Consider how often people seek something in this life. Then consider how these same people go about achieving their goals. Then, finally, consider their emotional and/or mental state after they achieve their secular goals. Are they happy? Are they truly content? Most importantly, have they obtained something that has eternal value or does it only have secular value?
Jim Carrey is said to have spent much time overlooking Hollywood from the Hollywood hills. There, he would meditate with a check he had written to himself in his pocket. The amount of that check was $20 million dollars. This is the amount he envisioned he would eventually be paid for work in films. Did he achieve that goal? Yes, he did. He eventually became a major player in Hollywood landing movie roles that paid him $20 million per movie. Is Jim Carrey better off for it? Certainly, in the secular world, that is the case. Most would agree his life is “better” because he can afford homes most cannot. He has no unmet needs in the secular arena. But how about in the spiritual realm? Has he become a better person? When he stands before God, will God be impressed that Carrey was paid $20 million dollars (or more) for various movie roles? I’m sure I don’t have to answer that question.
Bill Gates is one of the richest men alive. He is estimated to be worth just under $80 billion dollars. Like many extraordinarily wealthy people in the past, he now considers himself a “philanthropist.” But to what end? Everything he does has his name connected with it so in essence, he is building his own legacy. But has anything he has done or acquired have any benefit in the spiritual realm? No, nothing.
Actor Will Smith is reportedly worth $260 million dollars. I’ve included an photo of his home in Calabasas, CA. Nice, isn’t it? Who would not want to live there, with the amount of privacy, swimming pool, tennis court, ultra-large interior with more amenities than the average person will ever know. But what has Will Smith accomplished for himself in the spiritual realm? Anything? It’s highly doubtful. Certainly no large home or net worth makes any difference for a person in the spiritual realm. In fact, Jesus noted how difficult it is for a rich man to enter heaven (Matthew 19:23).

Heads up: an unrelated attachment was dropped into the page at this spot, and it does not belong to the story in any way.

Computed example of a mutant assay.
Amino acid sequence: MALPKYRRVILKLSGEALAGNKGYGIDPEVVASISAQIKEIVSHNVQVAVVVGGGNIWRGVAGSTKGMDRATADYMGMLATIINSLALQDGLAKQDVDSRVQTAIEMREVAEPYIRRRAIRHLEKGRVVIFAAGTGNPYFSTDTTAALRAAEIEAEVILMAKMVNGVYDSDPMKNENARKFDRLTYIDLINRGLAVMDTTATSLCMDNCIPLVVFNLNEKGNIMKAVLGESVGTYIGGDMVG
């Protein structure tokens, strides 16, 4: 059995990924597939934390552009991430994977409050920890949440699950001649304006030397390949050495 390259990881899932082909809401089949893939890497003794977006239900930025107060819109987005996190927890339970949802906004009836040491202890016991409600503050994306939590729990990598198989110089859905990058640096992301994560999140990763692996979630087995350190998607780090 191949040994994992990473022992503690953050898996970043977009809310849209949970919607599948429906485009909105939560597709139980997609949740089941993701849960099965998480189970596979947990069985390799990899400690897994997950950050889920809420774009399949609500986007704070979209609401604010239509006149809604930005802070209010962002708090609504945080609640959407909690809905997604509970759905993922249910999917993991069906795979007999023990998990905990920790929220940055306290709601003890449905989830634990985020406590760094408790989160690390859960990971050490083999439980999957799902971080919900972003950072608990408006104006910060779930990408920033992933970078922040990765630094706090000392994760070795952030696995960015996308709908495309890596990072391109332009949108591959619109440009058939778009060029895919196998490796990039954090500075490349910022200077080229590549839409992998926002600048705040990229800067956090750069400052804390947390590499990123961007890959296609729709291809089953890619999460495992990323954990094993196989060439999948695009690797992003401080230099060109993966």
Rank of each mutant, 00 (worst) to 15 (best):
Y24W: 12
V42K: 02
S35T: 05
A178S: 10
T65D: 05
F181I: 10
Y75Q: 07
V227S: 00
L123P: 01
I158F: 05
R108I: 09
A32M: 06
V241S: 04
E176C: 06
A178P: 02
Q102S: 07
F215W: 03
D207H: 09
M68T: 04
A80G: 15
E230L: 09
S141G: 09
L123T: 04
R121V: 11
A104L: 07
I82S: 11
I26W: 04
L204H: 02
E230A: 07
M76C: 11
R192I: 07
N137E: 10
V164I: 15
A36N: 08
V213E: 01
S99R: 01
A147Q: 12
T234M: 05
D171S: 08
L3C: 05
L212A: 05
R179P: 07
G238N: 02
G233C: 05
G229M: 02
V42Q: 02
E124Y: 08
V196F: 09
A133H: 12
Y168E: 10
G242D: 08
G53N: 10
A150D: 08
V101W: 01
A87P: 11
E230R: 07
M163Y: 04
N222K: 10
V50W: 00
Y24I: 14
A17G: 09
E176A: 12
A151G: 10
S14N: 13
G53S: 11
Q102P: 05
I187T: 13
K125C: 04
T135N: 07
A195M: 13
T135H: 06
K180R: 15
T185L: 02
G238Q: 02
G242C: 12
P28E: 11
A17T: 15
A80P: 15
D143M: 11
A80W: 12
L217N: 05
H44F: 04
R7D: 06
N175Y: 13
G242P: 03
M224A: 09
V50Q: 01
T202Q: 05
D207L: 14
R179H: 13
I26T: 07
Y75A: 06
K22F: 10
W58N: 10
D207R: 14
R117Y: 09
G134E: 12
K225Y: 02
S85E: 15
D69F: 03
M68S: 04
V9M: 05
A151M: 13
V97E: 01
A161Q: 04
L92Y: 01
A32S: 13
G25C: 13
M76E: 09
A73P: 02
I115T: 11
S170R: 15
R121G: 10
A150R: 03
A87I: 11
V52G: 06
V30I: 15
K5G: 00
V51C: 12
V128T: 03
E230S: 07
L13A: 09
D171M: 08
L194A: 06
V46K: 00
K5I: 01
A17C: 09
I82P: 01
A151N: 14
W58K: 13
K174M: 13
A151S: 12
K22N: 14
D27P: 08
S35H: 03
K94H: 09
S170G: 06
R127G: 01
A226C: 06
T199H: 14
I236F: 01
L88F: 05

By the way, there is nothing wrong with having a nice home and making a decent living. But the reality is that a person can only have and spend so much money in one lifetime and one lifetime is all we get. Actor Johnny Galecki (The Big Bang), reportedly earns $1 million dollars per episode and is worth approximately $40 million today because of it. That amount of course grows with each new episode of The Big Bang he films. Let’s recall that he earns this money for being an actor.
Is there anything wrong with being an actor? Not in and of itself though there seem to be precious few things that a true Christian actor can be involved in these days. The people I’ve noted above who have made tremendous fortunes have done so because of self-indulgent behavior. They are proof of Solomon’s words that in the end, self-indulgent behavior is utterly futile, or vanity. There is nothing in this type of behavior that has any eternal value in the spiritual realm. Solomon would know because of his status and position in life. He was the king of Israel. He was very wealthy and extremely wise. Of all people, he would be in the best position to determine the worth of self-indulgent behavior and living.
We’ll continue discussing verses 2 and 3 in our next segment.